The time-dependence of CAI inhibition was confirmed in whole-cell voltage-clamped HEK-293 cells. Store-operated calcium currents (ISOC) were examined in m3-expressing HEK-293 cells. Intracellular Ca2+ stores were depleted using a Ca2+-free pipette solution and 2 μM adenophostin A. CAI (5 μM) was applied either 5 minutes before going whole-cell or at the peak of the inward current as shown on individual traces (Fig. 3A). The results are summarized in Fig. 3B. The magnitude of the resulting current, ISOC, measured at -80 mV was 0.63±0.04 pA/pF (n=5). In cells pre-incubated with 5 μM CAI, the ISOC amplitude was 50% lower (0.30±0.02 pA/pF, n=5), whereas CAI had no effect when applied at the peak of the current (0.67±0.07 pA/pF, n=5).
Lack of effect of CAI on non-capacitative ARC channels
In addition to CCE, agonist-activated Ca2+ entry can occur via mechanisms independent of store depletion. One of these mechanisms is specifically activated by arachidonic acid and appears to be present in several different cell types (Mignen and Shuttleworth, 2000; Mignen et al., 2003; Mignen et al., 2005a; Mignen et al., 2005b). The channels responsible for this entry have been characterized and named ARC channels (for arachidonate-regulated Ca2+-selective channels) (Mignen and Shuttleworth, 2000; Mignen et al., 2003). These channels appear to be specifically responsible for the entry of calcium (NCCE) following stimulation with a low concentration of agonist (Mignen et al., 2001). To compare the effect of CAI on CCE and on NCCE, we examined its effect on the rate of Mn2+ quench of intracellularly loaded indo-1 (as a surrogate for Ca2+ entry) in HEK-293 cells (Shuttleworth and Thompson, 1999). CAI was added approximately 7-10 minutes prior to the initiation of the quench measurements. The Mn2+ quench rate activated by exogenous arachidonic acid (8 μM) was unaffected by the addition of 5 μM CAI (quench rate 5.0±0.4% per minute, n=5 vs 3.8±0.6% per minute, n=4 in control cells). By contrast, in the same conditions, the rate of Mn2+ quench via CCE, as activated by addition of thapsigargin (1 μM), was reduced by more than 70% (1.1±0.4% per minute, n=4 vs 4.0±0.5% per minute, n=4 in control cells).
CAI depolarizes the mitochondrial inner-membrane potential in a time- and concentration-dependent manner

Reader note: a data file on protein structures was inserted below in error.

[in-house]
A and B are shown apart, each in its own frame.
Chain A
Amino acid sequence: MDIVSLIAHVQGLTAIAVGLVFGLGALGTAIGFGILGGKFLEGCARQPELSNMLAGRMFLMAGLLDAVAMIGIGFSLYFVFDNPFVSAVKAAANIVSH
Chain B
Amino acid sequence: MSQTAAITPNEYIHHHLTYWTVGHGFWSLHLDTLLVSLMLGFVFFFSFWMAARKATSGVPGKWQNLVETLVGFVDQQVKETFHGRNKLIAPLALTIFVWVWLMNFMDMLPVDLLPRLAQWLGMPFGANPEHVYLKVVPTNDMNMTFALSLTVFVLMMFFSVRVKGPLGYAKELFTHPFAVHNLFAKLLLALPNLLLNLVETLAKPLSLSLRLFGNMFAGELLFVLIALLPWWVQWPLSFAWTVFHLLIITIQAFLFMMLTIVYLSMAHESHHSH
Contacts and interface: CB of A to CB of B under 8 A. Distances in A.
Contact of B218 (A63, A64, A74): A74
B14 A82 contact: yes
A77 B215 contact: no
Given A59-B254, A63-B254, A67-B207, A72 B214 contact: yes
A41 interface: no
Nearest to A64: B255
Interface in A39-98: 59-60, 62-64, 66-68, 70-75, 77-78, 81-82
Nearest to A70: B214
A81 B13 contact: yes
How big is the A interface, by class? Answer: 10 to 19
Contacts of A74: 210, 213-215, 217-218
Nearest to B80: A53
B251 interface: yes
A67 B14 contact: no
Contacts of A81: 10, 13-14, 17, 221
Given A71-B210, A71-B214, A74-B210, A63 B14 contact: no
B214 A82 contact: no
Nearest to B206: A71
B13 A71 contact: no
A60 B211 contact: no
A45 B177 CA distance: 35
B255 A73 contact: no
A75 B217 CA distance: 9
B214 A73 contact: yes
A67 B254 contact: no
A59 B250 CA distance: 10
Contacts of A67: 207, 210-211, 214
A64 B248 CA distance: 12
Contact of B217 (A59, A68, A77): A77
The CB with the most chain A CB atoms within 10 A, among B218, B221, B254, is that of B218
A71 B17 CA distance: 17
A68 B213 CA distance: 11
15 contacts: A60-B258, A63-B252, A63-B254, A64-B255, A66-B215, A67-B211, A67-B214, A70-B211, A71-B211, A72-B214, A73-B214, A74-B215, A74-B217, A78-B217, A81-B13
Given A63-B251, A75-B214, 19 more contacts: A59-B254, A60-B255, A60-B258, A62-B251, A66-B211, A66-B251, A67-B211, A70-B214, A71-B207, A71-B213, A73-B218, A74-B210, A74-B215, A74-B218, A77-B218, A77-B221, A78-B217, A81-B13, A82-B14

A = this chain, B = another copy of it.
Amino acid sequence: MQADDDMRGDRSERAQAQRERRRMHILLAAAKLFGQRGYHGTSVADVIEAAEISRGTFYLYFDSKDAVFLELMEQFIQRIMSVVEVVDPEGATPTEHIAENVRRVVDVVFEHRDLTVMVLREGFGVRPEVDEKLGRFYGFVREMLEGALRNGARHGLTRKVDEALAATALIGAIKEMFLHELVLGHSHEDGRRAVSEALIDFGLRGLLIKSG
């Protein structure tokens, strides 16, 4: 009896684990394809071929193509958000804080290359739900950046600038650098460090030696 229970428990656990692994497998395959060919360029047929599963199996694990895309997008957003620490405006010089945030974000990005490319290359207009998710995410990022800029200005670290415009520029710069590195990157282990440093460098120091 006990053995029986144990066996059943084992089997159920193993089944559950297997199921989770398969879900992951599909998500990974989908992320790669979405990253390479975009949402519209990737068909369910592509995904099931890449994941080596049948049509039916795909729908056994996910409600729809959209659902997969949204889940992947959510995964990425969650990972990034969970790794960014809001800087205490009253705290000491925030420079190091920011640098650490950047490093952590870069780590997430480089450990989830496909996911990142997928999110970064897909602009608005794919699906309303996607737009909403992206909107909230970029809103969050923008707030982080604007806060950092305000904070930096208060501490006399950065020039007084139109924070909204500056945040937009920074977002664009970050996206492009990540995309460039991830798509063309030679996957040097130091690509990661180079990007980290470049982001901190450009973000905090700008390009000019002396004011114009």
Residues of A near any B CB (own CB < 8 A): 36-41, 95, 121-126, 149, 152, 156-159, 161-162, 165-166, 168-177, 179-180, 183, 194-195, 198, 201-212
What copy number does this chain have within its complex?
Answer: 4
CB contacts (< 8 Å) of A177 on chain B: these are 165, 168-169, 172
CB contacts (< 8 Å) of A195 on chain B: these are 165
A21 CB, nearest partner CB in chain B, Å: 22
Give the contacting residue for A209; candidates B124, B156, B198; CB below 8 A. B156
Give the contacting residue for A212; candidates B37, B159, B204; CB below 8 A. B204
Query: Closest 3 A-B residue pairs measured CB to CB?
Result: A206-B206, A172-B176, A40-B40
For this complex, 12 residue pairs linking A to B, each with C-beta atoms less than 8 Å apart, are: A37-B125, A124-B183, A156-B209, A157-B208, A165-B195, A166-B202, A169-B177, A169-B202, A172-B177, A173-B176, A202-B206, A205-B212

Mitochondria play a crucial role in the regulation of CCE by buffering local increases in cytosolic Ca2+ thereby limiting the Ca2+-dependent inhibition of CCE channels (Gilabert and Parekh, 2000; Hoth et al., 1997). Consistent with this, we showed that activation of CCE induced an increase in intramitochondrial Ca2+ concentration, which was blocked by 20 μM FCCP, as measured in intact HEK-293 cells loaded with the mitochondrial-selective Rhod-2 dyes (Fig. 4A). As the ability of mitochondria to take up Ca2+ is dependent on the maintenance of a highly negative intramitochondrial membrane potential, we performed an initial set of experiments to determine the effect of CAI on this potential (ψm). The average change in ψm was measured in a multi-well fluorescence plate reader using the mitochondrial-selective cationic dye, JC-1. The accumulation of JC-1 in mitochondria is driven by ψm. At lower concentrations, JC-1 exists as a green fluorescent monomer, but at higher concentrations it aggregates as a red fluorescent form. Thus, the ratio of red-to-green fluorescence can be used to monitor ψm without introducing errors due to mitochondrial swelling. HEK-293 cell suspensions were treated with 10 μM CAI to assess the time course and magnitude of the acute depolarization induced by CAI. The 590/520 nm ratios were calculated at 5 minute intervals for 35 minutes following the administration of vehicle (0.1% DMSO), 20 μM FCCP or 10 μM CAI (Fig. 4B). Drugs were added just before fluorescence acquisition. CAI significantly decreased ψm within 5 minutes. At 15 minutes, the vehicle had not significantly altered ψm (0.9±0.06; n=12). Treatment with 10 μM CAI or 20 μM FCCP, a protonophore that uncouples mitochondria and abolishes ψm, significantly decreased the JC-1 ratio to 0.6±0.03 and 0.4±0.07, respectively, at 15 minutes (n=56 and 16; P<0.001 compared with levels in the controls). The depolarizing effect of CAI on HEK-293 cell mitochondria was validated by fluorescence imaging using confocal microscopy. JC-1-loaded control cells treated for 20 minutes with vehicle exhibited punctate red and green fluorescence, indicating a heterogeneous mitochondrial membrane potential (Fig. 4C). However, cultures that were treated for 20 minutes with 10 μM CAI or 20 μM FCCP displayed a largely diffuse green fluorescence, consistent with impairment of ψm (Fig. 4C).